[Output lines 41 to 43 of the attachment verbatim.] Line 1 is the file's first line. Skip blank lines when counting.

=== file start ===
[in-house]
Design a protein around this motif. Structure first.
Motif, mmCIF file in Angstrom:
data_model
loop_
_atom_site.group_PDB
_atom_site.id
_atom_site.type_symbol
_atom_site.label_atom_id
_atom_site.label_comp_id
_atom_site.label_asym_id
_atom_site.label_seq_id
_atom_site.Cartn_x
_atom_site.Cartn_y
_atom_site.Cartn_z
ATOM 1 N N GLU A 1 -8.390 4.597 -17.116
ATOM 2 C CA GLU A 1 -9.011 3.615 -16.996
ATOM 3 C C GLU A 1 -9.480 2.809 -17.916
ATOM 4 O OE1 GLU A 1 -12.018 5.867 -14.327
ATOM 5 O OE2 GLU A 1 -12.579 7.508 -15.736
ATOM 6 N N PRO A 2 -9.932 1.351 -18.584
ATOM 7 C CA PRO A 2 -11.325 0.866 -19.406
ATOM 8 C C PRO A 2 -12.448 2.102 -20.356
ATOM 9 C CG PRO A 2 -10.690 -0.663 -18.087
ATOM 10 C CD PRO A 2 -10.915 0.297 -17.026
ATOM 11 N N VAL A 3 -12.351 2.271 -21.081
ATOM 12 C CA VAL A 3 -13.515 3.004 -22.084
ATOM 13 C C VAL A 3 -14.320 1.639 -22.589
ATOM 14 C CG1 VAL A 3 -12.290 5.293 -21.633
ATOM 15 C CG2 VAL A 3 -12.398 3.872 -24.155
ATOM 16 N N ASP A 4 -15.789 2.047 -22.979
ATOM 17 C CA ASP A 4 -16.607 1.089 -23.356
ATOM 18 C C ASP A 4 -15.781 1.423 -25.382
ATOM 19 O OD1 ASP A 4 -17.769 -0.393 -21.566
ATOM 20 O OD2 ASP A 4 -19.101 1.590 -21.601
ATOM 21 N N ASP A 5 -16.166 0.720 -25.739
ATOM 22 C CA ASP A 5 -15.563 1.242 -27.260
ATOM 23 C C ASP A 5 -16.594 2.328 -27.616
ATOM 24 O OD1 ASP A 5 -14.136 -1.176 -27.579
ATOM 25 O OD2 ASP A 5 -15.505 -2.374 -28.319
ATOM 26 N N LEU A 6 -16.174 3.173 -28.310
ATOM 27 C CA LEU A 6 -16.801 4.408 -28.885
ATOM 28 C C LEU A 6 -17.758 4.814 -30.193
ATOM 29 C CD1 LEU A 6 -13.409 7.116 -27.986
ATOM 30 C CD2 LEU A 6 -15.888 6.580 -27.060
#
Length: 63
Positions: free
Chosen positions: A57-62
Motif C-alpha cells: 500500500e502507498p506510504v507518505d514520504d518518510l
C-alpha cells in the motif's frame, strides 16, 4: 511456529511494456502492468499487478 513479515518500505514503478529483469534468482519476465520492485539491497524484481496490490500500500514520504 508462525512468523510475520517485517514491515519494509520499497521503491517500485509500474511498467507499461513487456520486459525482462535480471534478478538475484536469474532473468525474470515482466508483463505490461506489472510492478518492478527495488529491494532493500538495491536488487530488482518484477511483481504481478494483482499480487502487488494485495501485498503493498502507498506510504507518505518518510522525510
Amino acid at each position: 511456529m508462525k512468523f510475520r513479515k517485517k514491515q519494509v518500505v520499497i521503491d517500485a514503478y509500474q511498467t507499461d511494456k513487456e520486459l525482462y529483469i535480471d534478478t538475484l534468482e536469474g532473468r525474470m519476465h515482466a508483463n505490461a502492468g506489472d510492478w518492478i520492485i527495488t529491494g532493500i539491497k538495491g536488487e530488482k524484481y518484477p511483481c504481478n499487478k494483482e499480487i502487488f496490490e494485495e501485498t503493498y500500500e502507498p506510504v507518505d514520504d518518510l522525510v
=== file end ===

ATOM 26 N N LEU A 6 -16.174 3.173 -28.310
ATOM 27 C CA LEU A 6 -16.801 4.408 -28.885
ATOM 28 C C LEU A 6 -17.758 4.814 -30.193